Today we explored Soldotna, a town just 10 miles from where we are staying. It is called the crossroads of the Kenai Peninsula since it is centrally located and is where the road splits toward Kenai or Homer. The Kenai River also runs through it and it is supposed to be some of the best salmon fishing in the world.
We stopped first at an antler carving place on the way. The artist there carves reliefs into moose and other horns. The carvings are very beautiful, but also very expensive. We did not see anything for less than $300, so the carvings are going to stay right where they are.
Our next stop was at a wood carving place. It is a large facility and seems to be cranking out the work by the dozens. Much of the stuff was inside and fairly small, but the big stuff outside was impressive and also very expensive. There is a hand carved wooden carrousel outside with all Alaskan animals. You can ride it for a dollar, but we did not see anyone who did. We took lots of pictures and then had an ice cream at the stand located in the parking lot.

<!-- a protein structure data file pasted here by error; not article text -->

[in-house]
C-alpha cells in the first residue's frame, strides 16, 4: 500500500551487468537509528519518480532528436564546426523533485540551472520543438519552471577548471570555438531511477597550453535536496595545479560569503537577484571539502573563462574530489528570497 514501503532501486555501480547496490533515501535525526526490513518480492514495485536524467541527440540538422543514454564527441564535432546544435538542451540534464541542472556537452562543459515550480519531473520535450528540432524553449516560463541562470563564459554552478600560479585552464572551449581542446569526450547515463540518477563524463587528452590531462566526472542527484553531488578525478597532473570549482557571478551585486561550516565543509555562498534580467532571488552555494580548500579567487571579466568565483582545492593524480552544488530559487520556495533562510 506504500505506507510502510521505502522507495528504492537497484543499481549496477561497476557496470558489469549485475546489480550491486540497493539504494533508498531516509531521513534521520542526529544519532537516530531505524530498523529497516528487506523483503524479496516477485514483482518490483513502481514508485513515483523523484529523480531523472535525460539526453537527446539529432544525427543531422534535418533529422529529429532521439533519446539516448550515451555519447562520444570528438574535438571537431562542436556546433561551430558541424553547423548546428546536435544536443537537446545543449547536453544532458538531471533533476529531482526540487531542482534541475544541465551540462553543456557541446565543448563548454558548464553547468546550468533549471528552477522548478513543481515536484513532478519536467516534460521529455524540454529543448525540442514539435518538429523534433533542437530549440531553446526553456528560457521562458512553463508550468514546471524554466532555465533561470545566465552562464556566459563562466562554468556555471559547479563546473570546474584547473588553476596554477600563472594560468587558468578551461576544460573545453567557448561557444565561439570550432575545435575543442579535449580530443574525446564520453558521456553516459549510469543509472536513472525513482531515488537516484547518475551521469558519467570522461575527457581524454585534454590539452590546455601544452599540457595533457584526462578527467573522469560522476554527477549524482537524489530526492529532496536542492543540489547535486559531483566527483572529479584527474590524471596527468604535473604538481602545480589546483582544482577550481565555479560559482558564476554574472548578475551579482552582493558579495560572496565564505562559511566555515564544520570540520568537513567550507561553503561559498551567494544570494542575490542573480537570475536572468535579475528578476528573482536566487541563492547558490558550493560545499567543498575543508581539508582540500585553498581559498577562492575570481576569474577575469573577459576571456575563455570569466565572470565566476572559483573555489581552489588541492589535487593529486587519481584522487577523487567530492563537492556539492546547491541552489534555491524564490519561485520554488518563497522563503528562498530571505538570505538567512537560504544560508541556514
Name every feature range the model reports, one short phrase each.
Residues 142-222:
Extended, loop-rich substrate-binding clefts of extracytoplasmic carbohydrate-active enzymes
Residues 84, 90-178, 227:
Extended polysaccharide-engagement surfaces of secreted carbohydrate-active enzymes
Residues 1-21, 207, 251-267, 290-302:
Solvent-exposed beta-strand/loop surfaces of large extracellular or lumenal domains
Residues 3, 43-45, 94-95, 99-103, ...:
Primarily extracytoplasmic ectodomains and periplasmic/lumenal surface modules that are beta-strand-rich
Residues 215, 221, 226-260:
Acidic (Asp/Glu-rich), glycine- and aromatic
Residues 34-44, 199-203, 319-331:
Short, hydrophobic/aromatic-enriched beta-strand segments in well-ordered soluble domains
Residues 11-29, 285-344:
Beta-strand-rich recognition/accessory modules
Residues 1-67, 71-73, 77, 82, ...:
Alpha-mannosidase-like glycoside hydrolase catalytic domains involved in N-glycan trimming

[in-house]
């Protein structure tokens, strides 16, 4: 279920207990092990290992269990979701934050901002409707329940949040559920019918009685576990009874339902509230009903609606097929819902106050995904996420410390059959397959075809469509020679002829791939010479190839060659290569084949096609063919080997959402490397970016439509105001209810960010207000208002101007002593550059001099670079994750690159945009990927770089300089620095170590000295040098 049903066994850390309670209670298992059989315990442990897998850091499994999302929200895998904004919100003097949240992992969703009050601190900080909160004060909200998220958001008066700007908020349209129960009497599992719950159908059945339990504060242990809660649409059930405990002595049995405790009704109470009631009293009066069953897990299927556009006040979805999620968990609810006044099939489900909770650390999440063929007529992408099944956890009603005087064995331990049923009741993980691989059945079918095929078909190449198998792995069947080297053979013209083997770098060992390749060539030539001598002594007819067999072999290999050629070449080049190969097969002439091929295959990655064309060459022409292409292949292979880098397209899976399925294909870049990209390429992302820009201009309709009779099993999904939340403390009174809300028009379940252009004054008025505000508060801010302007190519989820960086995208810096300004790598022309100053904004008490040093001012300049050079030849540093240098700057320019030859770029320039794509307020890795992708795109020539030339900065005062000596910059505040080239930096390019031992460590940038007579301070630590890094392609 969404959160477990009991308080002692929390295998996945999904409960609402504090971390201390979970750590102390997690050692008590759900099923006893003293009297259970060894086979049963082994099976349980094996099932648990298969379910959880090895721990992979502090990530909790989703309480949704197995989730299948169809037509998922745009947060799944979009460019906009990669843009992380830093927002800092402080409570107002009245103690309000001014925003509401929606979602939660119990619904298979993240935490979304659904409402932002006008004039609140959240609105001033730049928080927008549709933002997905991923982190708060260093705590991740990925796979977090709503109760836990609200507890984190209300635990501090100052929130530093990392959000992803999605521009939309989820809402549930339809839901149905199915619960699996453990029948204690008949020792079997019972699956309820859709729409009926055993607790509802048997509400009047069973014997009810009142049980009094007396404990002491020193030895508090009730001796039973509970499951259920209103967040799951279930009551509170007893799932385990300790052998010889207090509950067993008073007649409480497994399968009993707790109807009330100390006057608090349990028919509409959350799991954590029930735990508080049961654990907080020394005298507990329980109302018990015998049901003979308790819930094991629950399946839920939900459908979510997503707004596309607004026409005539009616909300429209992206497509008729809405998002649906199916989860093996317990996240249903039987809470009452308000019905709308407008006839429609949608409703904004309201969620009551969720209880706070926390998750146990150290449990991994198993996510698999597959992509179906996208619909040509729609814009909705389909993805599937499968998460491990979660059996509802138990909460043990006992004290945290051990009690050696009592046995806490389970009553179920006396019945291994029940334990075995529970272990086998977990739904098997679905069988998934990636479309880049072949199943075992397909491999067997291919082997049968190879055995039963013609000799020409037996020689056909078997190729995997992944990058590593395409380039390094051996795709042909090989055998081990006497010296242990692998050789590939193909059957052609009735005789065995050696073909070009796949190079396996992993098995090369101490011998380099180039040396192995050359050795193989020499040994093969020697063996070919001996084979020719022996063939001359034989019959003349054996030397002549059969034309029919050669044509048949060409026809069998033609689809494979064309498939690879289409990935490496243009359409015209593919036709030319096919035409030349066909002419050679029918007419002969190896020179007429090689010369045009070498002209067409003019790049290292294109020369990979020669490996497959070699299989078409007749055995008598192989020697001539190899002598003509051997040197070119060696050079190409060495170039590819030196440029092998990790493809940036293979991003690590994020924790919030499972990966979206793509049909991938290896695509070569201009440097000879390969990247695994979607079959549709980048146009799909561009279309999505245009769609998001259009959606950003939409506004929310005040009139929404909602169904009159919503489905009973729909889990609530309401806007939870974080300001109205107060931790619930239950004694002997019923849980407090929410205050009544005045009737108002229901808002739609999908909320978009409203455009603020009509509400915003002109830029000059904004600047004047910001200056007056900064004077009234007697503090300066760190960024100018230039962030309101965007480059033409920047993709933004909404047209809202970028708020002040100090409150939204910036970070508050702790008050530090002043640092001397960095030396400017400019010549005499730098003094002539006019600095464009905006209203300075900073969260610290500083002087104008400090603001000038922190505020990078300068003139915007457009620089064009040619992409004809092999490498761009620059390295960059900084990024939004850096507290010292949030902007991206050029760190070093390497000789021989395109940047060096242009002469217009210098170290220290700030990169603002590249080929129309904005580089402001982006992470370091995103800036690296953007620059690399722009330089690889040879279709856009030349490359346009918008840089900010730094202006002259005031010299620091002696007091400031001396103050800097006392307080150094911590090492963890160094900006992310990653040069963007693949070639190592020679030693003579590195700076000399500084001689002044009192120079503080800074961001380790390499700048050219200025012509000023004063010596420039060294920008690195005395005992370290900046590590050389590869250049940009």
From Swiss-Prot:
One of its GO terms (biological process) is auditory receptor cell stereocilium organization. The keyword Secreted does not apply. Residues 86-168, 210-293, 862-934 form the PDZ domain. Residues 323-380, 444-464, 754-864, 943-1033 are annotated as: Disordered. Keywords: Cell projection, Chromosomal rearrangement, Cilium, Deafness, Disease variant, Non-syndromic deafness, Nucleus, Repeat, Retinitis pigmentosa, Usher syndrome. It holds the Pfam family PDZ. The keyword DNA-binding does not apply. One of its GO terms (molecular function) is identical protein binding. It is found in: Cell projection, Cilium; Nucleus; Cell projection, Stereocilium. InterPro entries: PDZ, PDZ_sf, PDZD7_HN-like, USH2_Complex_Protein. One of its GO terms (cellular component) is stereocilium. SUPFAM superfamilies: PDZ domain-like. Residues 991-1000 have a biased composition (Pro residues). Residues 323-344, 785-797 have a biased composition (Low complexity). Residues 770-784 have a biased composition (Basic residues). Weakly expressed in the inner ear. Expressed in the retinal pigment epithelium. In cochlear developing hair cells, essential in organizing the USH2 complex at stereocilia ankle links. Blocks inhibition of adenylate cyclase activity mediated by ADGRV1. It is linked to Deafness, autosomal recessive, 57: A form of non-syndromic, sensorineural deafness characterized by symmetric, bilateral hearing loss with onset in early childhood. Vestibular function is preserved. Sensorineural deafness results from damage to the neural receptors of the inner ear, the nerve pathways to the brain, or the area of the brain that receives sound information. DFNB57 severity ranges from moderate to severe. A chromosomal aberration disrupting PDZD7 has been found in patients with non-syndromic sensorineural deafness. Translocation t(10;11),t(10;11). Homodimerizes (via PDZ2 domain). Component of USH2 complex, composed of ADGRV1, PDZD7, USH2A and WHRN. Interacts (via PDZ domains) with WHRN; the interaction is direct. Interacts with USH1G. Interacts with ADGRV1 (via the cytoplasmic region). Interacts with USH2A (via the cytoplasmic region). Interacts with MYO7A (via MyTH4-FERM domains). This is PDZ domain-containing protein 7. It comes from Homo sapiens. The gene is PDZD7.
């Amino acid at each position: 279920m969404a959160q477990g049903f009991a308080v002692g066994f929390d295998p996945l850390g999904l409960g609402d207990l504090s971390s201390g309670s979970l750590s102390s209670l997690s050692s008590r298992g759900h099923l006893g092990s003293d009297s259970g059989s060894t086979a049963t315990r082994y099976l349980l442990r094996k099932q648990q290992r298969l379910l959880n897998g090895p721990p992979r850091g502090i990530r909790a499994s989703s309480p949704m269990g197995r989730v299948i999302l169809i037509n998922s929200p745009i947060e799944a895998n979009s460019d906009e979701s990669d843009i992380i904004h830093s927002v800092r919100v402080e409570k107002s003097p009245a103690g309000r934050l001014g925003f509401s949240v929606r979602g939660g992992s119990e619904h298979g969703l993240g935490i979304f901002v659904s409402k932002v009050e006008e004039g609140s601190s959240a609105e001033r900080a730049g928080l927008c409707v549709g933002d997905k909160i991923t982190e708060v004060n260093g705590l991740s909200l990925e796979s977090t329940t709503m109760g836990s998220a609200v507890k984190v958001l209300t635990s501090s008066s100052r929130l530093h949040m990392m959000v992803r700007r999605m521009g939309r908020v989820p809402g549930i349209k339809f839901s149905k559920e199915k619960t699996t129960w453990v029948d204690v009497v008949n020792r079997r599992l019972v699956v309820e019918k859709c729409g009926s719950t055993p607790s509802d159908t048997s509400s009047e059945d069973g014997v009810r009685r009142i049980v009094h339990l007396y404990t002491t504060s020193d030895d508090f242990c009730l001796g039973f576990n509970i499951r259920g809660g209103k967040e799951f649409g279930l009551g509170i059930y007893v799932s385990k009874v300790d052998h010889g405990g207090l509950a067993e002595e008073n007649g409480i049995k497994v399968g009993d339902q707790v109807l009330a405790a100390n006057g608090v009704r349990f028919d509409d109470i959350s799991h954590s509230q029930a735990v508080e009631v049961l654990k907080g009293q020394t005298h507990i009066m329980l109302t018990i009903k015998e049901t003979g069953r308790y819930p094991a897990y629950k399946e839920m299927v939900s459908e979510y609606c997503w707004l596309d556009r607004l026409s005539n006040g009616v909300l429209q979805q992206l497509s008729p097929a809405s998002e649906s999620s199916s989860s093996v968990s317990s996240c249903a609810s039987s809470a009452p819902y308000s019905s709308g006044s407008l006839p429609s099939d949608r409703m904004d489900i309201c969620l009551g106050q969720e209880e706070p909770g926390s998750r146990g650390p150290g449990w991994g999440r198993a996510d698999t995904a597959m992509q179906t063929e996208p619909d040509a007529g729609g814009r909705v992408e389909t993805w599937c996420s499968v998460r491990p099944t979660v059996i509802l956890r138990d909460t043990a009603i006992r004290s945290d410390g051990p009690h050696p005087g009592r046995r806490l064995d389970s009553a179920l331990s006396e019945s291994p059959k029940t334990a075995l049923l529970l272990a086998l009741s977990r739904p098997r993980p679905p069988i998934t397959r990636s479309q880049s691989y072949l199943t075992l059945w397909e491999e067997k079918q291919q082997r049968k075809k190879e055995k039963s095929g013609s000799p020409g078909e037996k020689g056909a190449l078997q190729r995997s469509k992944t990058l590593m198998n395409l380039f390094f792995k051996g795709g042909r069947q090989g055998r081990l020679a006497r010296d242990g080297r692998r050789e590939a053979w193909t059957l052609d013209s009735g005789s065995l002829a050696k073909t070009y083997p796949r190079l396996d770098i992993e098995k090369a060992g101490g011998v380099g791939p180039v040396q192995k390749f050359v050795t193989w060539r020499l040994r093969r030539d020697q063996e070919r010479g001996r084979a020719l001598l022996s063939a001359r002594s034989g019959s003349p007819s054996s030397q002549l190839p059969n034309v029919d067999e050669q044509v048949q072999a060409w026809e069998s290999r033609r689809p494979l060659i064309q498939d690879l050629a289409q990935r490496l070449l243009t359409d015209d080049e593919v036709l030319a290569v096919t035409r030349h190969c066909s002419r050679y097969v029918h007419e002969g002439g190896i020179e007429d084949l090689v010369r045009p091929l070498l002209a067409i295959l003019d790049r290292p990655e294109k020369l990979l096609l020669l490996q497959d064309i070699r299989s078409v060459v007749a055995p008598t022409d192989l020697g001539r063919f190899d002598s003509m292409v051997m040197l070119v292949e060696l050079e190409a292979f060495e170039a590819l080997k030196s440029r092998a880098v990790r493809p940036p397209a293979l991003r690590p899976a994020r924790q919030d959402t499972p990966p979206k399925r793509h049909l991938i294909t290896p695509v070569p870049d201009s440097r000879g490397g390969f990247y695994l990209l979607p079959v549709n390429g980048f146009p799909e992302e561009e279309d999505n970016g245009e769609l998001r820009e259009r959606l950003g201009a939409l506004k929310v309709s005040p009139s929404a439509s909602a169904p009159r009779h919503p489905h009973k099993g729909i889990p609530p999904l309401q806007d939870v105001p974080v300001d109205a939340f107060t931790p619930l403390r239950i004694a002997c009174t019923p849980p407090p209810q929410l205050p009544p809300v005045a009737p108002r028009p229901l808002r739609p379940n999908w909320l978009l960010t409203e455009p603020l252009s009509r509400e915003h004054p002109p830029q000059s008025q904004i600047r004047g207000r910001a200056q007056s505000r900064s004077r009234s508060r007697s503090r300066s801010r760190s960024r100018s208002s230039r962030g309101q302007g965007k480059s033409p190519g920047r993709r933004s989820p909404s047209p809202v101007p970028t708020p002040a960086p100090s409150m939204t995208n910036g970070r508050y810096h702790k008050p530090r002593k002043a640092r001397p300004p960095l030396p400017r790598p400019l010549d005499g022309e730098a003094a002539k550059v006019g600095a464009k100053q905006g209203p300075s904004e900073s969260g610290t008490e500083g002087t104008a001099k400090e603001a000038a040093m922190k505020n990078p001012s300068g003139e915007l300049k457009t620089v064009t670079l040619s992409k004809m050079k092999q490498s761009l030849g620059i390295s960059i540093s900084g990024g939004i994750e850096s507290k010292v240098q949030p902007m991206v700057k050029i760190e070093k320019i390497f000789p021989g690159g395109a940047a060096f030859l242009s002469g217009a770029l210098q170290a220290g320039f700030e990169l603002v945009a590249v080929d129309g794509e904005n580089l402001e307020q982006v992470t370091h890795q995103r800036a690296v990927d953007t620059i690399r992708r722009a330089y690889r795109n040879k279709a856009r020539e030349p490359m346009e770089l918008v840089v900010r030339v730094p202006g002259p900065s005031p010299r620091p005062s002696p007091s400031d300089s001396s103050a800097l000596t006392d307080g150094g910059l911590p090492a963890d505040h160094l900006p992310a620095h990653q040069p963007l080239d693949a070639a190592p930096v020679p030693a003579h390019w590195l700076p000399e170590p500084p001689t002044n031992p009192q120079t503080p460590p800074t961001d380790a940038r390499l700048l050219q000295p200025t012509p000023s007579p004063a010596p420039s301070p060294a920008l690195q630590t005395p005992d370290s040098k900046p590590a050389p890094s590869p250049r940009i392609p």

We then visited the Soldotna Visitor Center and walked down to the catwalk along the river where you can fish. There were a few people there, but no one seemed to be catching anything.
We then walked down a trail along the river to the Soldotna Historical Society’s Homestead Museum. They have several cabins and other structures that were built during the early homesteading years in the area, mostly by ex GI’s who were stationed in Alaska during WW II and stayed when it was over. The late 1940’s and early 1950’s saw the beginning of the town.
We only receive 6 stations on cable TV, but the internet works most of the time now. Between the two we manage to find plenty to keep us entertained.